When it’s really muggy, and I’m fried from work, and stress, and travel, and I just want something cold and guzzlable, inexpensive hooch is the way I go. I’m too much of a cheapskate to waste the expensive stuff on a guzzle, especially one filled with an ocean of tonic and a couple good squeezes of lime. Furthermore, it’s senseless to dilute delicious Beefeater or Hendrick’s (my two favorite gins) with a lot of tonic. And there are days when I simply don’t want to bother with a shaker and egg white, have no desire for a sip of expensive reposado, and don’t have the patience to weigh the goddam bitters—just give me something cold and refreshing that will take the edge off this Friday afternoon brain sizzle, NOW. Fast. Ahh, the Gin and Tonic. Only Read On »

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I had my first Paloma in Ixtapa, Mexico, during a blog seminar I was invited to and fell in love with it. I think I had ninety-five before the week was out. By the end of the evening I couldn’t even remember the name. (Though I remember Garrett becomes very talkative after about seven or eight.) I still see the Mexican bartender carefully saying, PAH-LOW-MA to me. I would repeat as best I could, but he could see he’d be repeating himself in a half hour. Now, of course, is not the time to have ninety-five Palomas but one solid one for the cocktail hour. It is HOT, and these are REFRESHING! In fact, exactly as refreshing as the above example looks in Donna’s lovely photo. The Paloma is simply tequila, lime juice, and grapefruit soda. I’m Read On »

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I’ve loved seeing the mutability of cocktails simply by changing the spirit during these Friday Cocktail Hour posts. This cocktail is in effect a Mint Julep only with rum, therefore called a Mojito. Of course what also distinguishes the mojito from the julep is the lime juice and sugar, the intense sweet and sour. So, does that mean it’s like a whisky sour with mint and rum? Yes, but no egg white. Or like a daiquiri without the mint? All of the above! Regardless, this is a fabulous cocktail to make in the summer when the mint is taking over the garden and the heat calls out for a cooling rum drink. Again, I love the effect of the pulverized mint, the powerful minty flavor it brings to the sweet/sour lime, and the vivid, good-for-you greenness. Old school Read On »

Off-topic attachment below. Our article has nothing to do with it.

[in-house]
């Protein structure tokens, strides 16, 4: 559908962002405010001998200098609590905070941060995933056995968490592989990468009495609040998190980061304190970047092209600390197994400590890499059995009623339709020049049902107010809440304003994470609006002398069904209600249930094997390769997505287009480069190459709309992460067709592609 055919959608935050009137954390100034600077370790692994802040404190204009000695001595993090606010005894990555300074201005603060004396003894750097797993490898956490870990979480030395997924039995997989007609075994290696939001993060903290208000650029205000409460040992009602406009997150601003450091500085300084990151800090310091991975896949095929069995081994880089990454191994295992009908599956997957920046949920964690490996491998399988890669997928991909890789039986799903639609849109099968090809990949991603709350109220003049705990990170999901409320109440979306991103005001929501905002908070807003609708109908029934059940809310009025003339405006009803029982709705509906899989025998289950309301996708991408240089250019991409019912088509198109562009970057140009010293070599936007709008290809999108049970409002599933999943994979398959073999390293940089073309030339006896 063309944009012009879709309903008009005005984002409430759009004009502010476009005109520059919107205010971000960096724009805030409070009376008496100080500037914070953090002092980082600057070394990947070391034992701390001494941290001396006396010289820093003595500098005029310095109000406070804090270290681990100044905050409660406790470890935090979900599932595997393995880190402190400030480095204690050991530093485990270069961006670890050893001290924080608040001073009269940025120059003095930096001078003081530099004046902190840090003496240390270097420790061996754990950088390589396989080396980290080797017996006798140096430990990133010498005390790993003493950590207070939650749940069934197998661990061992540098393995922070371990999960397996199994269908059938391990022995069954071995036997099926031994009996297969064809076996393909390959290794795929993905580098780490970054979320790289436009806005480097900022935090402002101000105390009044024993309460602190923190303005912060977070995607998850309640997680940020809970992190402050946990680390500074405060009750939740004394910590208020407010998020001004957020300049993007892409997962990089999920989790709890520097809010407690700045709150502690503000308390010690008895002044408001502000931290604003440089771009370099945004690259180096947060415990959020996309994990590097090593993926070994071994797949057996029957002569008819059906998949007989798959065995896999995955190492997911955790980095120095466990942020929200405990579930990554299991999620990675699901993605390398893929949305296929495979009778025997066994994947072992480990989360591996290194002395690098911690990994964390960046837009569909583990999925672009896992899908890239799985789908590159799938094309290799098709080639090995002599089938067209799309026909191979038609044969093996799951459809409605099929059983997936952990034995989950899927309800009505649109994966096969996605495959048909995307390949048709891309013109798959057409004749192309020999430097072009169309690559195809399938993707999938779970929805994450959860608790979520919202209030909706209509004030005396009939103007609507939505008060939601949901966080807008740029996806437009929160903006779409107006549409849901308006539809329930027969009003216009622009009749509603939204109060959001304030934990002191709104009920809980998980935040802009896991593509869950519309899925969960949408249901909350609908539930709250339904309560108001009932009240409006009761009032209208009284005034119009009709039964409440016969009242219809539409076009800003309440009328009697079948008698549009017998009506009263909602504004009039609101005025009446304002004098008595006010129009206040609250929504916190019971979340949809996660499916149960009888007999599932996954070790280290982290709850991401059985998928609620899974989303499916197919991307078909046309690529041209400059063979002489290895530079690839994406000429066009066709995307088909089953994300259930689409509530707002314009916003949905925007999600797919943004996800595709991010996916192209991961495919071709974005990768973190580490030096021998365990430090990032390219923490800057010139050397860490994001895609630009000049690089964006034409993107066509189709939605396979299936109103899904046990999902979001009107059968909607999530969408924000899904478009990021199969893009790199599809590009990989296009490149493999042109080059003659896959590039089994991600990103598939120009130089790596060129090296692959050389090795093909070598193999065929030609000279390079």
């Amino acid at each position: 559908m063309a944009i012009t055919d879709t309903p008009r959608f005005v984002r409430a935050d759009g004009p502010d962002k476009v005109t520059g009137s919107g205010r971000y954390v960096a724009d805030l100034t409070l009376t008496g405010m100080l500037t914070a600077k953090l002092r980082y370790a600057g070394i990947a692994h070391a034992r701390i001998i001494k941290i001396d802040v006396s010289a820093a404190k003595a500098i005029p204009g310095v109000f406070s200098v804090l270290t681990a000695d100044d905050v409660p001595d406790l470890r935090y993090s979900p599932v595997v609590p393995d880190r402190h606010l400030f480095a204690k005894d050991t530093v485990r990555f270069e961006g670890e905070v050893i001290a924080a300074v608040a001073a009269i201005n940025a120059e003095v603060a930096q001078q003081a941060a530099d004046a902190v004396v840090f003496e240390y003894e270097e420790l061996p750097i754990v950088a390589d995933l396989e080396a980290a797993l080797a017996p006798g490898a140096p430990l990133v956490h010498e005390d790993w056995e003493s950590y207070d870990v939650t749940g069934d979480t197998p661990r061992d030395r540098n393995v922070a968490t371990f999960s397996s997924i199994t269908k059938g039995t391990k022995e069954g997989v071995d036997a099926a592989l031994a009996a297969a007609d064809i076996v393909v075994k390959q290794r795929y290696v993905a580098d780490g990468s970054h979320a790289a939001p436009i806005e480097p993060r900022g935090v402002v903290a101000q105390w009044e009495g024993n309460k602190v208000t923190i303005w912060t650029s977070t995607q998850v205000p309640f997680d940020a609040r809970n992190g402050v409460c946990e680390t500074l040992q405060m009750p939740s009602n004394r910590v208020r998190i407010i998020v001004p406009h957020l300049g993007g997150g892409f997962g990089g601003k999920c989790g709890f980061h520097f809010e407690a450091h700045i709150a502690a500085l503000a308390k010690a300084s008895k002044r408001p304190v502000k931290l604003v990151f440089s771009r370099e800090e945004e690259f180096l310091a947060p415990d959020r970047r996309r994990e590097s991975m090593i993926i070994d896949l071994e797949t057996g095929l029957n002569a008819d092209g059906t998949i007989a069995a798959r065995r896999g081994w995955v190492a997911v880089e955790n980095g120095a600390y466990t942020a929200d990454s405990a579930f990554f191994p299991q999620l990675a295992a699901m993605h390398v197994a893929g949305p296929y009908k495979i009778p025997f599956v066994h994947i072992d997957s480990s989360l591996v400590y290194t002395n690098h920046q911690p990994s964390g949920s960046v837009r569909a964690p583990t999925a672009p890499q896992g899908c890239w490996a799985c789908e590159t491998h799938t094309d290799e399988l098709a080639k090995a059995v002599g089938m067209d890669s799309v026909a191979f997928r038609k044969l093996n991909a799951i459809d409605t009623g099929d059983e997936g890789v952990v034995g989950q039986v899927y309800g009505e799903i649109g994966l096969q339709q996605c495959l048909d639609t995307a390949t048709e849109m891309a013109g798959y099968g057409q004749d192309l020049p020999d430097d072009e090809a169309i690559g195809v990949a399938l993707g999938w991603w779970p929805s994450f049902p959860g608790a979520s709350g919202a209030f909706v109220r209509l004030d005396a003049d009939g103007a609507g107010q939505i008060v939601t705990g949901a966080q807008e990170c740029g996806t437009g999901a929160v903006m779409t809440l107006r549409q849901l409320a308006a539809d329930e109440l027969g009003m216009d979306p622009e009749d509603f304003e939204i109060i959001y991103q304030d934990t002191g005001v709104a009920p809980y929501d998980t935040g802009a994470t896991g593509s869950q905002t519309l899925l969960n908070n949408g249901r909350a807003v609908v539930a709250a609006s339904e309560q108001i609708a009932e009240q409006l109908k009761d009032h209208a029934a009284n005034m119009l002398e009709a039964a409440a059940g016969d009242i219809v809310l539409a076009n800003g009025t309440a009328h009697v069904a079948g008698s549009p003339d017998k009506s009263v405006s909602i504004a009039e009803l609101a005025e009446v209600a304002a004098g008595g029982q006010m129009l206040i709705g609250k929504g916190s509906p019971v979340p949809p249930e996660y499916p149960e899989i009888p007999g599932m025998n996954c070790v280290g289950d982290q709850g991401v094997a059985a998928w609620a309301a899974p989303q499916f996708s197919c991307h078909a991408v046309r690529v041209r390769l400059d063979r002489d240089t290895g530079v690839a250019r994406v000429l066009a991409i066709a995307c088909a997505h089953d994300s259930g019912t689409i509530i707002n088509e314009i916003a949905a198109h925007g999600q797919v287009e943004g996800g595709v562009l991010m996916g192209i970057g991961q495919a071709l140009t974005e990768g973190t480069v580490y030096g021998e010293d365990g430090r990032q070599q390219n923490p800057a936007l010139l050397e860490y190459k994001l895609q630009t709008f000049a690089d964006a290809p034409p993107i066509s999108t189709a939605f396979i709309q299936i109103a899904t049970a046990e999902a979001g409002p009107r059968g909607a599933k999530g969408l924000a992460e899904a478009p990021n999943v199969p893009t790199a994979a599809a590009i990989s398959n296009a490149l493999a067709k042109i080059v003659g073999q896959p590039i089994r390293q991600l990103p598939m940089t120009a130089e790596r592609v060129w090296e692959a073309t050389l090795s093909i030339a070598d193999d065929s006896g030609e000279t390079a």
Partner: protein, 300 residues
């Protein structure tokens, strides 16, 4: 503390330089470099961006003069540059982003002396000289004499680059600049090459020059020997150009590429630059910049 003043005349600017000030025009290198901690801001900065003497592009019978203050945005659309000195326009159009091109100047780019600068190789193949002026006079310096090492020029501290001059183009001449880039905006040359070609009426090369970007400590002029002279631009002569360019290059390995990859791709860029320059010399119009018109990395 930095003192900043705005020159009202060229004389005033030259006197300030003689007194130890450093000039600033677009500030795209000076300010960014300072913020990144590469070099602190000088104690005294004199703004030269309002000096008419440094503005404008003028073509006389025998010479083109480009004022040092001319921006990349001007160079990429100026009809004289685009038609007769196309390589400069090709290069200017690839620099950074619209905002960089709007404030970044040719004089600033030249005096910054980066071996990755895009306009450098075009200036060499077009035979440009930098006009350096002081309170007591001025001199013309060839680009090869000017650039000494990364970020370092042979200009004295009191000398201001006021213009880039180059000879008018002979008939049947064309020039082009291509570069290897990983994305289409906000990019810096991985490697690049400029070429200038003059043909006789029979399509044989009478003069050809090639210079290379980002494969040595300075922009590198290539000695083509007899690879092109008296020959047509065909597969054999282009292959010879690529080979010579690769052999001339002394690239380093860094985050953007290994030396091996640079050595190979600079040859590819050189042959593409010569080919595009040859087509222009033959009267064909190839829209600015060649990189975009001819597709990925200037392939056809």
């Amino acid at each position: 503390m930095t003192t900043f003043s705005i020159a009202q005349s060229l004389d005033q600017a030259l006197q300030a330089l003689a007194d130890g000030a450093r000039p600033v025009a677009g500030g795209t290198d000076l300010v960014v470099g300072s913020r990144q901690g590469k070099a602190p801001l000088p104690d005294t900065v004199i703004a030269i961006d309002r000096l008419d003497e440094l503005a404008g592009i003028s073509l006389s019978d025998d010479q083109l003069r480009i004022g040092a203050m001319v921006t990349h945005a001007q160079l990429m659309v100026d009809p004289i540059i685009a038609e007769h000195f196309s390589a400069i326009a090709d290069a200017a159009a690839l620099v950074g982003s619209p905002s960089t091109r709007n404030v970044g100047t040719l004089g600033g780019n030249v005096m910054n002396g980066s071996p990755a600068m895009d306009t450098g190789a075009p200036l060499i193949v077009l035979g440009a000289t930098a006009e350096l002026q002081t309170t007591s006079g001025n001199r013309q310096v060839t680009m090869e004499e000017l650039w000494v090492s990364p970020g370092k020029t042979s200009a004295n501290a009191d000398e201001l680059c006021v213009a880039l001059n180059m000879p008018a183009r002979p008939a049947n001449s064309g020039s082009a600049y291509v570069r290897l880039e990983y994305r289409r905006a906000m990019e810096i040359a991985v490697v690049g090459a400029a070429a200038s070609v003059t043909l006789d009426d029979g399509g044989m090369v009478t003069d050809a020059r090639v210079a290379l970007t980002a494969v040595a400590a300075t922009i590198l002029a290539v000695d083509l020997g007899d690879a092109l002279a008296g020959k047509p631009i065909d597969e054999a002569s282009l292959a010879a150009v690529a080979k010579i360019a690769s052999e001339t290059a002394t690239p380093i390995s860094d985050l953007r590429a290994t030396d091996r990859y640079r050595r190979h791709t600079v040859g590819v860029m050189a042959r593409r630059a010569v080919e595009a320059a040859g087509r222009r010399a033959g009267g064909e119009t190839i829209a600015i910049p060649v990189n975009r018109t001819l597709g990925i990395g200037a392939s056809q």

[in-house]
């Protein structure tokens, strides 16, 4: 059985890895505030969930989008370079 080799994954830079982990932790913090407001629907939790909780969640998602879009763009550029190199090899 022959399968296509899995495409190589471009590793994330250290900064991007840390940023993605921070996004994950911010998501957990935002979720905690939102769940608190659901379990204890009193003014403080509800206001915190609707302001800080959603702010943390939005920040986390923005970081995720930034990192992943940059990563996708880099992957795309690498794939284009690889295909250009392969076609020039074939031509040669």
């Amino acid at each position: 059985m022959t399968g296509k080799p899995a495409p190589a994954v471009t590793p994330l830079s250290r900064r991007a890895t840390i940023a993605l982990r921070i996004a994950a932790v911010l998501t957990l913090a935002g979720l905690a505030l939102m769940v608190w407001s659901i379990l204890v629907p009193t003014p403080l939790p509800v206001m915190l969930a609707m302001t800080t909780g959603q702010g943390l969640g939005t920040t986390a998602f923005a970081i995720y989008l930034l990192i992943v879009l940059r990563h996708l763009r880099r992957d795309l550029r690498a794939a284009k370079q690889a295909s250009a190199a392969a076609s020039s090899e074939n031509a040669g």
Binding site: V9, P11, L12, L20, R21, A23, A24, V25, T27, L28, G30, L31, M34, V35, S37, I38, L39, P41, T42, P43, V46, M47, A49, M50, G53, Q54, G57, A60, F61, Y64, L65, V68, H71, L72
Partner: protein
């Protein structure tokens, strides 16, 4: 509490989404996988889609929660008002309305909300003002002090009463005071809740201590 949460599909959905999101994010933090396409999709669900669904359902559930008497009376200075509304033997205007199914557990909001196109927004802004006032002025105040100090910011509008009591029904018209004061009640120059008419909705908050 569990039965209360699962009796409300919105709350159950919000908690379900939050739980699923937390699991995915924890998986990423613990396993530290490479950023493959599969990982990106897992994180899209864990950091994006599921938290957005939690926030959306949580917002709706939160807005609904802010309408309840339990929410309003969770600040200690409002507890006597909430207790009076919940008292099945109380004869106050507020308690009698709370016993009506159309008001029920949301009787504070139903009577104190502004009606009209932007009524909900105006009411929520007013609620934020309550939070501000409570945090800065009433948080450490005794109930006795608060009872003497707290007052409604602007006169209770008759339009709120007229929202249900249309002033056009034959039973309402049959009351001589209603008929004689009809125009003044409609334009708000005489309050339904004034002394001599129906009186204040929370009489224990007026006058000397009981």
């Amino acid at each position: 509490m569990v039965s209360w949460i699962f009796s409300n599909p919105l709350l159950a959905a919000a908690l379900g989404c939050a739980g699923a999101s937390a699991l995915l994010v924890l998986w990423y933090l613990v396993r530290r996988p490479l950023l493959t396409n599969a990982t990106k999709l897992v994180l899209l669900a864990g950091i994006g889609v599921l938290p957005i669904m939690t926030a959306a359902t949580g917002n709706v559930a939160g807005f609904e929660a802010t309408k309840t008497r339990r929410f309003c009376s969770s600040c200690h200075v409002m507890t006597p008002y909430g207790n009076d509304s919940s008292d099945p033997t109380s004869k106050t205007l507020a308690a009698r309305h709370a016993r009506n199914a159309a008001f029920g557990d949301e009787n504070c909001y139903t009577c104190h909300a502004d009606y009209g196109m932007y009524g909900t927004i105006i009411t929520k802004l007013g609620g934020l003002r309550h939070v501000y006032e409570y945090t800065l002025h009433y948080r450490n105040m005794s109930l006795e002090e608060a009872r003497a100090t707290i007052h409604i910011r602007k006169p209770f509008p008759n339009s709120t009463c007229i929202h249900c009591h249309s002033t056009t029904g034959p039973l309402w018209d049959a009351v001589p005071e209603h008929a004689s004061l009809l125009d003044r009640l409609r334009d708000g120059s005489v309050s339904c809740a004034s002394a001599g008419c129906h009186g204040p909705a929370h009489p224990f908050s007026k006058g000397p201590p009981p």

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Last week’s cocktail post, The Moscow Mule, allowed me to show off OYO, the awesome Columbus, Ohio, vodka by Middle West Spirits, but it also got me thinking about how cool ginger beer is. It also demonstrates how specific drinks are defined by the spirit used. The Manhattan, made with American whiskey, becomes a Rob Roy when made with scotch (not a “scotch Manhattan”). A Martini made with vodka becomes a Kangaroo (not a “vodka martini”). Swap out the vodka in a Moscow Mule and you don’t have a “rum Moscow Mule,” you have a Dark and Stormy. (I don’t know if this is an official cocktail, but it’s great from a taste standpoint, noted by a commenter: make a Dark and Stormy with Maker’s Mark instead of rum and you have a “Mark and Read On »

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By request and for my own curiosity, for my fascination with ginger beer, and most, my compulsion to SCREAM … indoor voice, Michael … deep breath … if you’re going to drink vodka, either admit you simply want to mainline alcohol (not a judgment! I’m there frequently myself!), or drink vodka that actually has flavor, such Ohio’s own OYO made from soft red winter wheat grown near its Columbus distillery. The Standard Bartender’s Guide, revised and enlarged by James A. Beard (originally published in 1940, before the Moscow Mule existed), instructs simply this: “Squeeze into a 12-ounce glass 1/2 Lime and drop in the Rind. Add ice cubes and 1-1/2 jiggers Vodka and fill with Ginger Beer. Stir and serve.” How easy is that?! (Verdict: cool, light, and very refreshing!) From the VTR menu: “Born of Read On »

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